EU to ban almost 90% of Russian oil imports

Belgium's Prime Minister Alexander de Croo, left, and European Commission President Ursula von der Leyen talk before the second day's session of an extraordinary meeting of EU leaders to discuss Ukraine, energy and food security at the Europa building in Brussels, Tuesday, May 31, 2022. (AP Photo/Olivier Matthys)

Belgium’s Prime Minister Alexander de Croo, left, and European Commission President Ursula von der Leyen talk before the second day’s session of an extraordinary meeting of EU leaders to discuss Ukraine, energy and food security at the Europa building in Brussels, Tuesday, May 31, 2022. (AP Photo/Olivier Matthys)

OAN NEWSROOM
UPDATED 7:36 AM PT – Tuesday, May 31, 2022

The European Union agreed to ban almost 90 percent of Russian oil by the end of this year. The council reached a consensus on the latest sanctions at its summit in Brussels on Tuesday.

All Russian oil imports by sea will be banned under the motion, but fuel transported via pipeline will still be imported by EU member states. European Commission President, Ursula von der Leyen acknowledged the inconsistency, but voiced intentions of blocking all Russian oil from the Eurozone in the future.

“And indeed, here we have agreed this is for the moment being exempted,” she stated. “We have agreed that the council will revert to the topic as soon as possible in one way or the other, so this is a topic where we will come back to and where we will still have to work on.”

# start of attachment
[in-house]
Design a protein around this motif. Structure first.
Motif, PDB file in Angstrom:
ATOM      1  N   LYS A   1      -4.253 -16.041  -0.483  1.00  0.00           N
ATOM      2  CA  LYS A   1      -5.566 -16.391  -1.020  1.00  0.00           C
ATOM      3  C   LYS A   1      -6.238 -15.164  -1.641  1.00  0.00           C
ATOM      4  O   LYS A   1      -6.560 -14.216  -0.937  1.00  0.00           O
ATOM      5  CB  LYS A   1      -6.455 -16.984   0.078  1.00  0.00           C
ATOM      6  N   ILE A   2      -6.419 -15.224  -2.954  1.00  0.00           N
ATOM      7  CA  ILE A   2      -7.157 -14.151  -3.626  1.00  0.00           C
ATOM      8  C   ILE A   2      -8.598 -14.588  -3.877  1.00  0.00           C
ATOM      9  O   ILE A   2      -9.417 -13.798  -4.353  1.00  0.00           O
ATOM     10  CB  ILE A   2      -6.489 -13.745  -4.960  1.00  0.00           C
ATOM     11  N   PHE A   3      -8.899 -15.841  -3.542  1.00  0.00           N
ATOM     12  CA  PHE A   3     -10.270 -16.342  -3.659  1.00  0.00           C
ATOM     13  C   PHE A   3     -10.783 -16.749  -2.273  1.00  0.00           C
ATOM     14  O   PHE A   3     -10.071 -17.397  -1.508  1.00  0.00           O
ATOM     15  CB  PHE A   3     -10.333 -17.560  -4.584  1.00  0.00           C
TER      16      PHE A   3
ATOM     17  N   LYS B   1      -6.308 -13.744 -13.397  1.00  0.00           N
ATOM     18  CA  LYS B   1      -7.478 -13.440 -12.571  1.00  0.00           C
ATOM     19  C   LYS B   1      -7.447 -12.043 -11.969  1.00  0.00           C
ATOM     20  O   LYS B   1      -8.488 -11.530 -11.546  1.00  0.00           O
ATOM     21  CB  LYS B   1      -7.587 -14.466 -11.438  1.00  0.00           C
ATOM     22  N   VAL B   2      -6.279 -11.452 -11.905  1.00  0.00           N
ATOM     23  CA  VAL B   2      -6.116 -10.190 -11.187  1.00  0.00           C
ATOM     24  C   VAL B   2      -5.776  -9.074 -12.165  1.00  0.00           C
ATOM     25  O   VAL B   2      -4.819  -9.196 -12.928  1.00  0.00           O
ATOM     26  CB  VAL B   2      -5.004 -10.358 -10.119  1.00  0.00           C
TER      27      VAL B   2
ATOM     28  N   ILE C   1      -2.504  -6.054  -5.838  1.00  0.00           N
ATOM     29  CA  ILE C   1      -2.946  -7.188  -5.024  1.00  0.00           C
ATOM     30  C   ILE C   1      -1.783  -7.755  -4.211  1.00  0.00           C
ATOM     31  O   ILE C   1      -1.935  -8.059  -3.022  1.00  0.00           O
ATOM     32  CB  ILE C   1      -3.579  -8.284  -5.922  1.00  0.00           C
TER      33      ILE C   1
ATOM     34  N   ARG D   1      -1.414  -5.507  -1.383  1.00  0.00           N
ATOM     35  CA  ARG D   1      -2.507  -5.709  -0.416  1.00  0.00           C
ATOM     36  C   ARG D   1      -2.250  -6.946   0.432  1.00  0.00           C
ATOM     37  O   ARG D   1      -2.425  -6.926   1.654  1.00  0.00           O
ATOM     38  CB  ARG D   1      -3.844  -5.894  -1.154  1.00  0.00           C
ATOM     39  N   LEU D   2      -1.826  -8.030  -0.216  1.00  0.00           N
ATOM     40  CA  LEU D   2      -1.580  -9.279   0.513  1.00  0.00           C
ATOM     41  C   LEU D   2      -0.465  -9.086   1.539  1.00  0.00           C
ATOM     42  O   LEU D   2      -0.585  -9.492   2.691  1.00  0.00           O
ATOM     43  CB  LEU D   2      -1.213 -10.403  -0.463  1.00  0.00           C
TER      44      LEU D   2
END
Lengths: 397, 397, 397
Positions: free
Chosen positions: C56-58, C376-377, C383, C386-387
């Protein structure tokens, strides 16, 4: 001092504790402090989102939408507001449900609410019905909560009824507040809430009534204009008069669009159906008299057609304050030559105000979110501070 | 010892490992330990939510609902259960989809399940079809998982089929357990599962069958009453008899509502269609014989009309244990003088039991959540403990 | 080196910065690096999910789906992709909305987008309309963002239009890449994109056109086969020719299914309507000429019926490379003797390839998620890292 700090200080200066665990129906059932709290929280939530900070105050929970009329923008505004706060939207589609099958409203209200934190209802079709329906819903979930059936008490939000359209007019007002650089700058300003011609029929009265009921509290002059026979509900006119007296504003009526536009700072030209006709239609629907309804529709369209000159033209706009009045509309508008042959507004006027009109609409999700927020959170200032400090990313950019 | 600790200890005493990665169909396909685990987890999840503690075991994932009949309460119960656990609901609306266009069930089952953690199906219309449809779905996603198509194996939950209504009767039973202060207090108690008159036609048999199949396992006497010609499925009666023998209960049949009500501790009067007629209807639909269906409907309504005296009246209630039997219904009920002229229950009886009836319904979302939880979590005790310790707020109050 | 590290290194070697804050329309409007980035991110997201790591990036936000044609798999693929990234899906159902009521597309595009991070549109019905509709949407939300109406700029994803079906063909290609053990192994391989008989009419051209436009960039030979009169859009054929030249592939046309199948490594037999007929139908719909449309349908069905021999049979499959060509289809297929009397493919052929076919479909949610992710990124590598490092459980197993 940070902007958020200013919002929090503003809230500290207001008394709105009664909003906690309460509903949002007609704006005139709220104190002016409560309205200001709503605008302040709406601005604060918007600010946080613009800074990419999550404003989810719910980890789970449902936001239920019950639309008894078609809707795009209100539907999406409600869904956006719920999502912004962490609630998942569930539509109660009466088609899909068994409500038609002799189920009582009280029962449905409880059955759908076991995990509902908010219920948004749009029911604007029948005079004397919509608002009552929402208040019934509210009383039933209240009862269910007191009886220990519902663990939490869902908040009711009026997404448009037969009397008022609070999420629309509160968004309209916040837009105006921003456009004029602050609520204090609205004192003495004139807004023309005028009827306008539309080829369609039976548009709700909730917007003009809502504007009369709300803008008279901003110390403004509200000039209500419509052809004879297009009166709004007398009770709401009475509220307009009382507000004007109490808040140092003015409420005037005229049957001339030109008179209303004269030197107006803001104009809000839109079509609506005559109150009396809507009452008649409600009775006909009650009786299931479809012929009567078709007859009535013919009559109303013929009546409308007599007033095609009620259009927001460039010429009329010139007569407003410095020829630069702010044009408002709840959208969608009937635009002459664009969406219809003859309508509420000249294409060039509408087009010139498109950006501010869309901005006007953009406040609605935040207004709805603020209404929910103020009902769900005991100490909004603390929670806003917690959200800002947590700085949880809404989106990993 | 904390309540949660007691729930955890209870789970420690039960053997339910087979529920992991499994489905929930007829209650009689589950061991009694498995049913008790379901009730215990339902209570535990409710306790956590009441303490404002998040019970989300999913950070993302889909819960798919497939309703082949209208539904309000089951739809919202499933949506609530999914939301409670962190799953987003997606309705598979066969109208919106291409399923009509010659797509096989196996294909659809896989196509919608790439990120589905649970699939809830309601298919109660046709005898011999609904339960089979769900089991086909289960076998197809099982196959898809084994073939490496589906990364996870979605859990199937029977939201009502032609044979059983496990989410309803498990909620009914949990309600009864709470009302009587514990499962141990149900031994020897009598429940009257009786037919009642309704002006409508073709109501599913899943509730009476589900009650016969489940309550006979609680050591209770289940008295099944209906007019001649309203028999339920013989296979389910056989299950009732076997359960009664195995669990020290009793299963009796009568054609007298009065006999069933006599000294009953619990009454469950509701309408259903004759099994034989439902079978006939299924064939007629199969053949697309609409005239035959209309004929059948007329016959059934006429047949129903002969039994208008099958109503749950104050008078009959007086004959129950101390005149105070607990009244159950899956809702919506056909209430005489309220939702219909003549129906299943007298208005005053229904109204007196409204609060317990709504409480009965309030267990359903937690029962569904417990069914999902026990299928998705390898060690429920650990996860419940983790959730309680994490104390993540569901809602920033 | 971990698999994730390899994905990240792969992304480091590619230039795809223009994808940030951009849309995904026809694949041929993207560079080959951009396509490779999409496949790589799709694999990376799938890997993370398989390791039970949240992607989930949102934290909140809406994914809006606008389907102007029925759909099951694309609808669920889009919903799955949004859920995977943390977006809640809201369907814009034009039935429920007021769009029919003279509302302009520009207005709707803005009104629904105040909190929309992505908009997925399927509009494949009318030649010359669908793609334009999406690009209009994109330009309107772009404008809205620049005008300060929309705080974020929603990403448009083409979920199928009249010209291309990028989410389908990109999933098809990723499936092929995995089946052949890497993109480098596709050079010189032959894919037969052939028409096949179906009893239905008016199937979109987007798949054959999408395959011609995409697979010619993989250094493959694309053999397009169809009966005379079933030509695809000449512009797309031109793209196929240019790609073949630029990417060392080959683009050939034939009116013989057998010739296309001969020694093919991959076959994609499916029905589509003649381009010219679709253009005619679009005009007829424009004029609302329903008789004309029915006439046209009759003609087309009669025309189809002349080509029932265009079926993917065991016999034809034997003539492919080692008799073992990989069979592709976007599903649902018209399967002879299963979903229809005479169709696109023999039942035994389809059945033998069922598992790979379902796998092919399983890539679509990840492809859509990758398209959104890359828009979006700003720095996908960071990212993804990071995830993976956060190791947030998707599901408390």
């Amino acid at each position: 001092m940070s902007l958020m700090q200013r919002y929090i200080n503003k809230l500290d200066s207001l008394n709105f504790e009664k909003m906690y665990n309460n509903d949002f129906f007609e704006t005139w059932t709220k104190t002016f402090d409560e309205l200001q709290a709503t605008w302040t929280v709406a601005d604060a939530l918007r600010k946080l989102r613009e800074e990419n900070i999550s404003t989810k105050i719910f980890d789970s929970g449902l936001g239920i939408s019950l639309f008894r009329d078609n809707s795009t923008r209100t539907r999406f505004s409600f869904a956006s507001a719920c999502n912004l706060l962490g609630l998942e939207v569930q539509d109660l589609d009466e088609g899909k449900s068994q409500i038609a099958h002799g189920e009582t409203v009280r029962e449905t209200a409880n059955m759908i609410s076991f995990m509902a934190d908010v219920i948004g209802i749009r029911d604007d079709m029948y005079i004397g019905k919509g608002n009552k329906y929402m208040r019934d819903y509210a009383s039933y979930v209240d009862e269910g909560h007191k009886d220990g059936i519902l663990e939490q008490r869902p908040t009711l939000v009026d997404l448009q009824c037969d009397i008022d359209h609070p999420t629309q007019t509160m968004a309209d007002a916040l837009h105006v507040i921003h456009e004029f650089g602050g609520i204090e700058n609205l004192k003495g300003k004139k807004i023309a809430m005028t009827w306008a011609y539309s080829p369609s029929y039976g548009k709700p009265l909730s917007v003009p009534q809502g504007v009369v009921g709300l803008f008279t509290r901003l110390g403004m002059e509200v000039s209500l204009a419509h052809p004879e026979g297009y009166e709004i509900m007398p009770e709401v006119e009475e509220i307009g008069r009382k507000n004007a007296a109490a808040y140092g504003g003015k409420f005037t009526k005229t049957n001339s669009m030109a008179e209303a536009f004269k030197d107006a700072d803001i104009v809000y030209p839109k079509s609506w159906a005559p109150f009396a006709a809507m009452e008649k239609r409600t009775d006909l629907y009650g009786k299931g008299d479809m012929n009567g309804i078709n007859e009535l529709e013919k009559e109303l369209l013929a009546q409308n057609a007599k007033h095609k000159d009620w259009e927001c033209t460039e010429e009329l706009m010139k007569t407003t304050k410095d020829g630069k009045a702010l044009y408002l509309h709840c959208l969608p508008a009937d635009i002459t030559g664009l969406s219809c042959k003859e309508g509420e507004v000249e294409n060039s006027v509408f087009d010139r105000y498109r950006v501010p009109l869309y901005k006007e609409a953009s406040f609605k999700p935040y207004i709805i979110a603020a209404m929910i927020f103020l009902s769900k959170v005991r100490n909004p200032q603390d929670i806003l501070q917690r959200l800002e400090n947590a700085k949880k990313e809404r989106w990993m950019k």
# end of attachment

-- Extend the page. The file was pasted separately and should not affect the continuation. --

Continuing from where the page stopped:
The move follows Ukrainian President Volodymyr Zelensky’s demand for the EU to terminate its purchasing on Russian fuel as Europe receives 40 percent of its natural gas and 25 percent of its oil from the Russian Federation.

Von de Leyen also announced the removal of Russia’s largest bank and several institutions from the SWIFT financial transaction system.

“This is good that we now de-SWIFT the Sberbank,” she continued. “There is a ban on insurance and re-insurance of Russian ships by EU companies, a ban on providing Russian companies with a whole range of business services and very important, the suspension of broadcasting in the European Union of three further Russian state outlets that were very typically spreading broadly the misinformation that we have witnessed over the last weeks and months.”

The new sanctions, which must be approved by all 27 member states, are expected to be enacted on Wednesday. The measure was initially proposed early this month, but was stonewalled by Hungary, Slovakia and the Czech Republic over energy security concerns.

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